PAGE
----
The father of accident causation theory, H.W. Heinrich, estimated that 88 percent of all accidents were caused by unsafe acts, 10 percent by unsafe conditions, and only 2 percent by unavoidable “acts of God.” His 1928 paper “The Origin of Accidents” suggested that negative events rarely stem from a single decision. Rather an incident begins with a person’s social environment and habits. These predispose a method of thinking that gives rise to bad judgment that interacts with a physical hazard. This was known as the domino effect. It is widely used in the investigation of airplane accidents.
In the 1970s, a Canadian commission investigated accidents in the uranium mining industry. They added a concept that negative outcomes begin in the very culture of the organization involved, whether uranium mine, the U.S. Navy, or the owner of a single boat. Amongst many other constructs, we should mention the Swiss cheese theory. Picture five or six slices of Swiss cheese standing on their side with a gap between each piece. The holes represent various weaknesses in the particular element of a system. So the first piece might be the personality of the skipper; the second, his physical condition on that day; the third, social pressures; the fourth, equipment on the boat; the fifth, environmental conditions; the sixth, some precipitating event. These weaknesses are inherent in the system whether structural or temporary. A skipper may have an impatient temperament, but the day will not always be foggy. The crew might be uncomfortable, or a piece of gear could break down. However, a negative event or outcome only occurs when all of the weaknesses align. Picture a rod being passed from the holes in the first slice and traversing holes in all of the slices to emerge through the final piece of cheese, representing occurrence of an accident. Our task is to shrink the sizes of those Swiss cheese holes.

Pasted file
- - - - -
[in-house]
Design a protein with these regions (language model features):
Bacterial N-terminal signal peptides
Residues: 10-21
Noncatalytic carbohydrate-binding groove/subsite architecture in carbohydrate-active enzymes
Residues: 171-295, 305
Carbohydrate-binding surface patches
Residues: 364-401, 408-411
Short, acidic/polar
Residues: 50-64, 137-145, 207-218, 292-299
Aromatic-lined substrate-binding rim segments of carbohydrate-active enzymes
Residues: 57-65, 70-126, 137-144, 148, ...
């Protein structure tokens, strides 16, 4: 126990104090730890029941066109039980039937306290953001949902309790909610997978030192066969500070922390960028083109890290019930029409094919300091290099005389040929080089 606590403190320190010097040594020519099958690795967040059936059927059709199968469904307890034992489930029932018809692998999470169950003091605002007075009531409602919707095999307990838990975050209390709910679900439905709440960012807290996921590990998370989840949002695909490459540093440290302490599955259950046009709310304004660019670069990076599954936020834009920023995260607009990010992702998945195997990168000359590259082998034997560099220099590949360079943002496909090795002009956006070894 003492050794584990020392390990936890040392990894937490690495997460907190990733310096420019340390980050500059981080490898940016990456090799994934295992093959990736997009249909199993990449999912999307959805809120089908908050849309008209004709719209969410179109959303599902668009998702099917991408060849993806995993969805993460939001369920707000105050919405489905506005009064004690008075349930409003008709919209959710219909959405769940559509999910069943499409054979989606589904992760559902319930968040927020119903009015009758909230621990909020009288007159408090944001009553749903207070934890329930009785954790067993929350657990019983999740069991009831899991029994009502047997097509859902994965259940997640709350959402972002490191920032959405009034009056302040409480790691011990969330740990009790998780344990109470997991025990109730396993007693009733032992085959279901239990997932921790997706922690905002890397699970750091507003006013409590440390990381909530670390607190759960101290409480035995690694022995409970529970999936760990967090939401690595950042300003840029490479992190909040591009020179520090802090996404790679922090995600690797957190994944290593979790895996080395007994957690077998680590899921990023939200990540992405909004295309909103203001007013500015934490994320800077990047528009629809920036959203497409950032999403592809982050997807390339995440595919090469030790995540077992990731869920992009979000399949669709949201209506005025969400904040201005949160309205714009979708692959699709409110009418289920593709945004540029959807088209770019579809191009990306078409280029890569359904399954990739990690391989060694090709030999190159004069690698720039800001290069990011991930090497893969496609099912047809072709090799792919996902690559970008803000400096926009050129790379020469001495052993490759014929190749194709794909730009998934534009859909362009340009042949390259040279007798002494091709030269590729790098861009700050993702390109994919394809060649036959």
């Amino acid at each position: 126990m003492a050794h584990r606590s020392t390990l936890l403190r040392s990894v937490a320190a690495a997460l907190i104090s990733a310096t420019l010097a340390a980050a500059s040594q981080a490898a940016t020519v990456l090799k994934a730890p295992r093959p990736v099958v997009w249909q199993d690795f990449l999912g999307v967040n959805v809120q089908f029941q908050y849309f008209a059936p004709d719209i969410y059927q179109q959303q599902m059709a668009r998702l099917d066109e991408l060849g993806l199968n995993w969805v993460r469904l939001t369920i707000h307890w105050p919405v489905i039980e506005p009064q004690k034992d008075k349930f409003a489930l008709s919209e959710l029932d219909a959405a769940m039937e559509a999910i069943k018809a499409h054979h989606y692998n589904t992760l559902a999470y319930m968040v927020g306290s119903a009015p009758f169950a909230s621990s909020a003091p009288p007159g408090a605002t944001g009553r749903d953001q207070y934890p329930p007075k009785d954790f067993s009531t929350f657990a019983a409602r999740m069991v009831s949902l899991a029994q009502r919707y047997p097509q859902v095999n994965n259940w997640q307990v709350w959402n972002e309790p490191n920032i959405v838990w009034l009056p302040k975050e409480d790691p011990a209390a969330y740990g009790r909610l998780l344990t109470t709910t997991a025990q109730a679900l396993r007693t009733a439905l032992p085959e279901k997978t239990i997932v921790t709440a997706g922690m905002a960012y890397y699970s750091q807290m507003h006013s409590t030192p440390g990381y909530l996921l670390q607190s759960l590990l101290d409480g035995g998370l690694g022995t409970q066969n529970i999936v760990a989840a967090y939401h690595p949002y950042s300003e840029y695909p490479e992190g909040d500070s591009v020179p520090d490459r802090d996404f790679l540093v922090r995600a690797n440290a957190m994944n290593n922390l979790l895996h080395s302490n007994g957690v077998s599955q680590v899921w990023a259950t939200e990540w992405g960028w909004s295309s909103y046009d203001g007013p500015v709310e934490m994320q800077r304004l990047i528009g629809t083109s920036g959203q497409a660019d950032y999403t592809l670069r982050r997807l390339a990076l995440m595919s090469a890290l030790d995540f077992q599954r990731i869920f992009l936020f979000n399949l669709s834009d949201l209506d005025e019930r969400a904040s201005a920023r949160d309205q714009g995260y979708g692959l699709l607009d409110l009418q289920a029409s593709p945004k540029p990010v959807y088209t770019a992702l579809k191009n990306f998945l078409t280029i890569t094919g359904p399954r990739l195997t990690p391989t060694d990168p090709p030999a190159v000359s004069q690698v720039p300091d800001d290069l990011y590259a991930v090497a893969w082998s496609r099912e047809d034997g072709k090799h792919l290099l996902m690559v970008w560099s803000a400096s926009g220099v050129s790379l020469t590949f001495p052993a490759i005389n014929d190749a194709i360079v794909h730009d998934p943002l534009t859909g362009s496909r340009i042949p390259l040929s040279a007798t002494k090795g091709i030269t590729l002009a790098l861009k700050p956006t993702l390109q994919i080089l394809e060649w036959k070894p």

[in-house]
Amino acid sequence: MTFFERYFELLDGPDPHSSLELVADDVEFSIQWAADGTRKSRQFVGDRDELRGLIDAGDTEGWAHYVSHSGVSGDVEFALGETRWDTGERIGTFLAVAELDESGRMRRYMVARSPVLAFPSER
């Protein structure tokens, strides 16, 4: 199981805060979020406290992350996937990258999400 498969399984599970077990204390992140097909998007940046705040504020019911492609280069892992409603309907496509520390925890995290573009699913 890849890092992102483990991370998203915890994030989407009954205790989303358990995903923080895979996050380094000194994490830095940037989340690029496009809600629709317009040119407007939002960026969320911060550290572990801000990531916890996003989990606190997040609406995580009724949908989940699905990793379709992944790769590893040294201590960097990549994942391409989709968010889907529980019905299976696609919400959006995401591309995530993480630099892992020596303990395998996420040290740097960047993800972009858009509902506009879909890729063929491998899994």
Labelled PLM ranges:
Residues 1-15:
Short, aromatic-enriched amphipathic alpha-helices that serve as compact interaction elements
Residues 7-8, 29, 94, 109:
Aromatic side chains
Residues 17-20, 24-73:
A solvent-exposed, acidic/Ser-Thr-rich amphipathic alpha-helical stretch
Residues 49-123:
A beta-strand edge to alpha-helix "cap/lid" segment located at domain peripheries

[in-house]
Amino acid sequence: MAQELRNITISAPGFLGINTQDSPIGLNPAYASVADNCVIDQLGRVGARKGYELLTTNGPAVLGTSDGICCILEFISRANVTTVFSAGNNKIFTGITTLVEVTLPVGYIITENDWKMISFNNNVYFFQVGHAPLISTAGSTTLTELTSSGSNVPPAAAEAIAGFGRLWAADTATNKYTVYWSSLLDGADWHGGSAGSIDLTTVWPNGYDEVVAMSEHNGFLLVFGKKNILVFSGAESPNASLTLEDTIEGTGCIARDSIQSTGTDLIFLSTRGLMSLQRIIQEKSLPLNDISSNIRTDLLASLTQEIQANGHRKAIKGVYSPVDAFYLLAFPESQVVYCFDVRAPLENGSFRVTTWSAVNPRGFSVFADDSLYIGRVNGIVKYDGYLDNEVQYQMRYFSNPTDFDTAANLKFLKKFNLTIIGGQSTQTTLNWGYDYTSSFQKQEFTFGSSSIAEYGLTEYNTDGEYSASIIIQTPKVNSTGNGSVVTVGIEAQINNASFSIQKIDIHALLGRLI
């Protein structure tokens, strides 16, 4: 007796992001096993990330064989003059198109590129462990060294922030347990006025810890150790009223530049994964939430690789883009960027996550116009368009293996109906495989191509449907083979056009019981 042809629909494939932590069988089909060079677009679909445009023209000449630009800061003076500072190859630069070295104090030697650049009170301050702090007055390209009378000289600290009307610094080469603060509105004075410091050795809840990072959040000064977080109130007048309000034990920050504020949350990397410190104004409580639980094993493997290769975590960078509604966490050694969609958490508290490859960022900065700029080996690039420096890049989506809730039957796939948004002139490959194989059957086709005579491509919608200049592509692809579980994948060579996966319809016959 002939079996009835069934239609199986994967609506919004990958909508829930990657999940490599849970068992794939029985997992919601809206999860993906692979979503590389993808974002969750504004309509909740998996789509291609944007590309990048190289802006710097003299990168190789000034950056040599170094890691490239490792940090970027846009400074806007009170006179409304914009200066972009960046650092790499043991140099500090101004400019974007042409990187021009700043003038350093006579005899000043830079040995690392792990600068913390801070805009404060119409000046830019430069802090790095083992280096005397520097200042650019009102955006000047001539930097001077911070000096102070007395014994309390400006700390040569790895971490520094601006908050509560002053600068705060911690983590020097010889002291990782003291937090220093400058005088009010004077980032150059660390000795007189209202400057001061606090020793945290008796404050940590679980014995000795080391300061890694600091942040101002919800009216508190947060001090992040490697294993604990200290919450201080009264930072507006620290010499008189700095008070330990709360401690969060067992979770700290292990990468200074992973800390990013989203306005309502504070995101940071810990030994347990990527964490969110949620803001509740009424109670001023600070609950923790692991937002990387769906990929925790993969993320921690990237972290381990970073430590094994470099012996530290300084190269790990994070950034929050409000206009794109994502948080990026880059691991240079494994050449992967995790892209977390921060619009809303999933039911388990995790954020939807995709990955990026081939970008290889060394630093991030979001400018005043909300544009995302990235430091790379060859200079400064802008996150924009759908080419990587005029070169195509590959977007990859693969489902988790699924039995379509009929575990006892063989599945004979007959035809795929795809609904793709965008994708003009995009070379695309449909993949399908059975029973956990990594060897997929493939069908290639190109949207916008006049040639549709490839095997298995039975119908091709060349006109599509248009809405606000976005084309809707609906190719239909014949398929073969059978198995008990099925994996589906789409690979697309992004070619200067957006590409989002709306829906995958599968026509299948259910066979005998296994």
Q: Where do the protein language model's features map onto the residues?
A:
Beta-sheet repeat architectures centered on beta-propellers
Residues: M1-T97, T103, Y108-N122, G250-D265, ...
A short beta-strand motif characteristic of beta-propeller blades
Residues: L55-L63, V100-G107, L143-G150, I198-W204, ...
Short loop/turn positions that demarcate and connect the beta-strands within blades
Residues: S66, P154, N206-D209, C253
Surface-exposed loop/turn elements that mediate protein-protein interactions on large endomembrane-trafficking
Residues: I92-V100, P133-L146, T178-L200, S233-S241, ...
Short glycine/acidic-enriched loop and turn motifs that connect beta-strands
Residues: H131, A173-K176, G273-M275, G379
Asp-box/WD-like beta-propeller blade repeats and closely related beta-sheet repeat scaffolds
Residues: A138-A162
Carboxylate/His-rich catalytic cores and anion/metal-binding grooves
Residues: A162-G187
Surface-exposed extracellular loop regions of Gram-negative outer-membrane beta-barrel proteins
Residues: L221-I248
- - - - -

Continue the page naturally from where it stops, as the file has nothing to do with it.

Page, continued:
To these accident theories we can add a concept from psychology, heuristic thinking, and the trap it sets. Every medical student learns, “When you hear hoof beats in the barn, think of horses, not zebras.” This epitomizes heuristic thinking, learning from experience and categorizing inputs into specific boxes or pigeonholes. This is a necessity for human functioning. We are bombarded by so much information, that we have to have a method for dealing with it in order to navigate daily life.
By the time medical students become residents, they learn, “Rare things are rare, but there are enough rare things that rarities are common.” The emergency room may see 10 cases of fever an hour from the flu epidemic, so the doctor is wired to think, “Little kid, his sister has the flu, listless, fever, therefore he has the flu.” But the eleventh patient through the door could have meningitis. Anyone in a position of making critical judgment MUST take into account his or her hard-wired tendency to making decisions based on heuristic thinking.
That night off the Mexican coast, my perception of the lights was reinforced by looking at a book, comparing it to what was in front of me, and ignoring faint glimmers that didn’t fit into the pattern that I expected. I saw what I wanted to see.
Every vessel would benefit from having written emergency management plans. Every guest aboard needs a safety briefing. Involvement in the process creates the culture that will make us safer. The acronym KASA stands for the four elements of seamanship: knowledge, attitude, skills and awareness. Knowledge of the causes of negative incidents; an Attitude toward a culture of safety aboard; the Skills of analyzing a chain of events underway, and Awareness of our thought processes will make us safer at sea.
Joshua J. Tofield, MD, FACS, is an experienced Pacific voyager.